Almost 99.9 million vaccine doses have been administered in Mexico, according to the most recent federal Health Ministry data, after just over 500,000 shots were given Monday, positioning Mexico to have achieved giving 100 million total doses nationwide.
The milestone was in all likelihood passed on Tuesday, but data confirming that won’t be released until Wednesday. About seven in 10 Mexican adults have had at least one shot, receiving one of the seven vaccines — Pfizer, AstraZeneca, Moderna, CanSino, Sinovac, Johnson & Johnson and Sputnik V — used here.
Meanwhile, the Health Ministry reported 9,792 new coronavirus cases and 700 additional COVID-19 deaths on Tuesday, lifting Mexico’s accumulated tallies to 3.64 million and 276,376, respectively. There are 61,217 estimated active cases, a 5% increase compared to Monday.
Mexico has recorded a daily average of 8,966 new cases over the past seven days, a figure equivalent to 48% of the seven-day pandemic peak, recorded on August 17.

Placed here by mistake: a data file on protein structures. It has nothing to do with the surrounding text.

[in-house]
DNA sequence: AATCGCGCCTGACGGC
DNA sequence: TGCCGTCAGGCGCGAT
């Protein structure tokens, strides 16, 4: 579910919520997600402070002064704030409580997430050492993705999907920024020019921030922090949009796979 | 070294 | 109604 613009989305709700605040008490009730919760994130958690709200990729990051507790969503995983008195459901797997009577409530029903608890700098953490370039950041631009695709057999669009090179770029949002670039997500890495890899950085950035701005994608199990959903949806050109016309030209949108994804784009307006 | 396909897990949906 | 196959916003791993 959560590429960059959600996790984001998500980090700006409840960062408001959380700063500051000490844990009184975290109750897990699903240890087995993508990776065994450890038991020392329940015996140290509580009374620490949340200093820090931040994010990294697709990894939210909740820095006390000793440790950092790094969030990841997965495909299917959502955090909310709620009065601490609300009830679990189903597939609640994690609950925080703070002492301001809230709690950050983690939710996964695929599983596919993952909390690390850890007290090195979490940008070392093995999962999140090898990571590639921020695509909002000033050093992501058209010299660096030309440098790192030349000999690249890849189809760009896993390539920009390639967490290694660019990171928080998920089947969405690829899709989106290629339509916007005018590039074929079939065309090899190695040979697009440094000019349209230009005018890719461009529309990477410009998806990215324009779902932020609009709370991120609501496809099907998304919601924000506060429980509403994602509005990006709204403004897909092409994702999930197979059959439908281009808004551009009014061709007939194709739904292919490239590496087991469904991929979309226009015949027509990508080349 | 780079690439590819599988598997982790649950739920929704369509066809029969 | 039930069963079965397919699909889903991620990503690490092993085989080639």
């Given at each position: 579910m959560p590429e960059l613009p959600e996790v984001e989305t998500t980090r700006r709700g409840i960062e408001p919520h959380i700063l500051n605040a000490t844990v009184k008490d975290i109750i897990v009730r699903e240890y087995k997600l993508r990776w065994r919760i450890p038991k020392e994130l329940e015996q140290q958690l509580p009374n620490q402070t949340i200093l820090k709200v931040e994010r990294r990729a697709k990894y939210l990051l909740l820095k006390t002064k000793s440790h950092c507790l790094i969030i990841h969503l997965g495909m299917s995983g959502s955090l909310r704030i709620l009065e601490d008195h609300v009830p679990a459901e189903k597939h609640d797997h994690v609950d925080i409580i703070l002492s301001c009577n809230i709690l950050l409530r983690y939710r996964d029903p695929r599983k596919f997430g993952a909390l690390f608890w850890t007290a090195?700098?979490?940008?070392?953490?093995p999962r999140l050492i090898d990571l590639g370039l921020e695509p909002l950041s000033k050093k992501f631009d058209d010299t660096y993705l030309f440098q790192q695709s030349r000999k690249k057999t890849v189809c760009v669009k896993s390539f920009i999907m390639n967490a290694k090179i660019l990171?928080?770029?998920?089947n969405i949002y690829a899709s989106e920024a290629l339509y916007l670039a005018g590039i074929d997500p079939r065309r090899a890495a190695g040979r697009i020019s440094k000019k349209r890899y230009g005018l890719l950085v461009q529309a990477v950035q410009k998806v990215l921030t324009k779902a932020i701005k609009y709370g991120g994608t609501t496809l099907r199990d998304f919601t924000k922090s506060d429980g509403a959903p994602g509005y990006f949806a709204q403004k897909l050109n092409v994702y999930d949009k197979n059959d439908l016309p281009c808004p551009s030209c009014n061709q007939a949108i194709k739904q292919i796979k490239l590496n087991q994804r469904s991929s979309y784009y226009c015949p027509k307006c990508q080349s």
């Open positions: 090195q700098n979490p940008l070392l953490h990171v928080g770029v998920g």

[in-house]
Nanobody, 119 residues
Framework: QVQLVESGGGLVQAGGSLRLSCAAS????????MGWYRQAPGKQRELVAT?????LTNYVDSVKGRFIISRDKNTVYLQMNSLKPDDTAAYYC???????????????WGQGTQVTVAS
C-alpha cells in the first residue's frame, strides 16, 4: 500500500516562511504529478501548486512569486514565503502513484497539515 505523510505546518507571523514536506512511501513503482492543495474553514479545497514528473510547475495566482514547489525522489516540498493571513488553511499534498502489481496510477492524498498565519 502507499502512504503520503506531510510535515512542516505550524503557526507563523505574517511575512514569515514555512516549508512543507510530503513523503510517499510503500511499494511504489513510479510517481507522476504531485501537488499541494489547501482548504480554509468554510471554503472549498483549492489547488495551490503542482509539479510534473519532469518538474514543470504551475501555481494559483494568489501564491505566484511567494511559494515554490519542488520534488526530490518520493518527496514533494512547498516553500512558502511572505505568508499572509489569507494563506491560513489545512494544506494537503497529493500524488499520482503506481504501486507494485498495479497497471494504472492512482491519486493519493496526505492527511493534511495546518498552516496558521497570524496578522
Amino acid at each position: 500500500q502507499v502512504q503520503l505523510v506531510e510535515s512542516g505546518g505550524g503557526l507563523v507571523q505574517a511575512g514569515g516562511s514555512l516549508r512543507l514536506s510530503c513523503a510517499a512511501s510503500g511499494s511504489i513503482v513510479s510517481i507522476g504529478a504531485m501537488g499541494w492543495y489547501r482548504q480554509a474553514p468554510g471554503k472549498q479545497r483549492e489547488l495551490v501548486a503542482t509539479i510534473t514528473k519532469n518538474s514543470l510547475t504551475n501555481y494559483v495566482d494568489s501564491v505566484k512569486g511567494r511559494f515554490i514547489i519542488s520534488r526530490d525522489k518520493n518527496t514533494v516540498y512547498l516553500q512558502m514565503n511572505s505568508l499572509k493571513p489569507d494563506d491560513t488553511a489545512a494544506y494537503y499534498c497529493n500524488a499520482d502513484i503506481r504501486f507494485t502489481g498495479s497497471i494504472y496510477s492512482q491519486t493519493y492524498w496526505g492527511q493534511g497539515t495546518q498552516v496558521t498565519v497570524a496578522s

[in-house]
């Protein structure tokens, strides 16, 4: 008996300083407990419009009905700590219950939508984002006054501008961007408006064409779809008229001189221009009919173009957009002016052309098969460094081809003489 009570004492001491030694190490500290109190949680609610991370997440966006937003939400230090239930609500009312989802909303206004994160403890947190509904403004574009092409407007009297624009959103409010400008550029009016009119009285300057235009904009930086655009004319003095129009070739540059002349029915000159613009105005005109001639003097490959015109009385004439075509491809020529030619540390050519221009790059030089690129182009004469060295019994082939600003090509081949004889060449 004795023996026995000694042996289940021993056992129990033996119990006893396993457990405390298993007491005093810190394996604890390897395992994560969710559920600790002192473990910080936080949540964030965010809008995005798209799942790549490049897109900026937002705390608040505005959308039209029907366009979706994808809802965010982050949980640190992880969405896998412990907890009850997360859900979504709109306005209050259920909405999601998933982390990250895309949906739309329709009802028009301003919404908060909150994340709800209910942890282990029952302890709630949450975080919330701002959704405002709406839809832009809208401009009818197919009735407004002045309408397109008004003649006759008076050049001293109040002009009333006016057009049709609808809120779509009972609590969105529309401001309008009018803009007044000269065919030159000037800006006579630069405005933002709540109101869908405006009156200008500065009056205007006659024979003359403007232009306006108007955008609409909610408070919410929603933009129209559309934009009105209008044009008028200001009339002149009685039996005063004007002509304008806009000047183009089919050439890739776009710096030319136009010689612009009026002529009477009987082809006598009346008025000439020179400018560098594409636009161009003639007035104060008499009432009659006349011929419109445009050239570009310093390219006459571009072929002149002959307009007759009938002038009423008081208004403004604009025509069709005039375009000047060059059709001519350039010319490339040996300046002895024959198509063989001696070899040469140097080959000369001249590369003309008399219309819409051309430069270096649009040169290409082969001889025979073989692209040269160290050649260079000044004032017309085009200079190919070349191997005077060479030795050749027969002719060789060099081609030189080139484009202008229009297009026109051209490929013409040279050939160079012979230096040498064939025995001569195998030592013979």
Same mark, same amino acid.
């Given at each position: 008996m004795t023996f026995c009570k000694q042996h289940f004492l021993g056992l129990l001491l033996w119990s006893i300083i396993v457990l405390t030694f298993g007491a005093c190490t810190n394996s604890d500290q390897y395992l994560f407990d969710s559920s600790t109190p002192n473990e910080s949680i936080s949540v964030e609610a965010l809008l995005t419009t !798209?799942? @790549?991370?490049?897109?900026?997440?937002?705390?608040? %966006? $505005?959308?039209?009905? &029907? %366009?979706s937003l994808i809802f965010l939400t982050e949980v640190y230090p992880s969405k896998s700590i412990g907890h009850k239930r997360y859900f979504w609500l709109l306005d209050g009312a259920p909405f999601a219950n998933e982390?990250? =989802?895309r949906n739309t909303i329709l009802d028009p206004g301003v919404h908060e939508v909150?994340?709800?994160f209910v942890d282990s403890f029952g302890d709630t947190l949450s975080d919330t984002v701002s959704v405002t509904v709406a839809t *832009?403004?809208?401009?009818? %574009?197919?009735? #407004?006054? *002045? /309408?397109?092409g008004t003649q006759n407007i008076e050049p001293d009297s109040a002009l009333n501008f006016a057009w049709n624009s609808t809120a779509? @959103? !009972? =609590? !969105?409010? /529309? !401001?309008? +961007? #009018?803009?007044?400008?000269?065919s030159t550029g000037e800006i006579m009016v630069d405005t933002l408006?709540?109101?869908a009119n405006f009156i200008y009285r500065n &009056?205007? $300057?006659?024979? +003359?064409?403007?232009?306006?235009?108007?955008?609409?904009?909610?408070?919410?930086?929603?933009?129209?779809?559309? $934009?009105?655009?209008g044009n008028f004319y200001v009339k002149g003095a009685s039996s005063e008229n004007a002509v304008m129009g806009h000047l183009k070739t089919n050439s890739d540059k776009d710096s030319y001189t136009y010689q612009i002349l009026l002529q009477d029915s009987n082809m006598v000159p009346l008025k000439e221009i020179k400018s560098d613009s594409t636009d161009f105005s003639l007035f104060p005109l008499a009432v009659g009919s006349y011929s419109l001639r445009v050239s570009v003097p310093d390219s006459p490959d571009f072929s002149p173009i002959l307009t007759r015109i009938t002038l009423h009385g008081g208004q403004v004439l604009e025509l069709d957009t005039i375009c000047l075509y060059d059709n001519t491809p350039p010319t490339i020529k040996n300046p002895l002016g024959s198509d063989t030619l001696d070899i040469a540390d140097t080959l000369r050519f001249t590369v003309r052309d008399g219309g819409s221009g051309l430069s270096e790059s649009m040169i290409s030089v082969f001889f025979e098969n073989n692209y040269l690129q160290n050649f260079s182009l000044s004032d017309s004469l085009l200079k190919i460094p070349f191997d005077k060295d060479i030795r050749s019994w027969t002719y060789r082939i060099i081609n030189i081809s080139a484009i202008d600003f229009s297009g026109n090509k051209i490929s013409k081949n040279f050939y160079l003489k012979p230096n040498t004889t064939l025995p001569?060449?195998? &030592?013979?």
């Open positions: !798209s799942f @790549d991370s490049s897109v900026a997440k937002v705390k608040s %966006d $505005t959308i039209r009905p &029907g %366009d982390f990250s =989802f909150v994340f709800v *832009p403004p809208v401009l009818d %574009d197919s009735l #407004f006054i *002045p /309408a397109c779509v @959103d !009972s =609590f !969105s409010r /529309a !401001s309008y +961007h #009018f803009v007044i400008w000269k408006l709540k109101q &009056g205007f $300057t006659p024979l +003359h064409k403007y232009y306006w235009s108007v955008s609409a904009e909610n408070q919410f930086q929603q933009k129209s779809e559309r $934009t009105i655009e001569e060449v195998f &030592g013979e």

Mexico City easily leads the country for confirmed cases and deaths with almost 950,000 of the former and over 50,000 of the latter.
Those vaccinated with the Sputnik and CanSino shots – millions of Mexicans – could encounter difficulties gaining access to the United States. The Washington Post reported that new U.S. rules requiring foreign travelers to be vaccinated against COVID-19 appear to shut out people who have been fully vaccinated with the Russian-made shot.
Set to take effect in November, the new U.S. plan requires that most non-citizens seeking entry to the United States are vaccinated with shots approved by the U.S. Food and Drug Administration (FDA) or the World Health Organization (WHO), the Post said.
Like the Sputnik vaccine, the single-shot CanSino vaccine has not been approved by either the FDA or the WHO.
The former has a 97% efficacy rate, according to its manufacturer, while the CanSino vaccine has been found to be 75% effective against symptomatic COVID and 100% effective against serious disease.
Mexico News Daily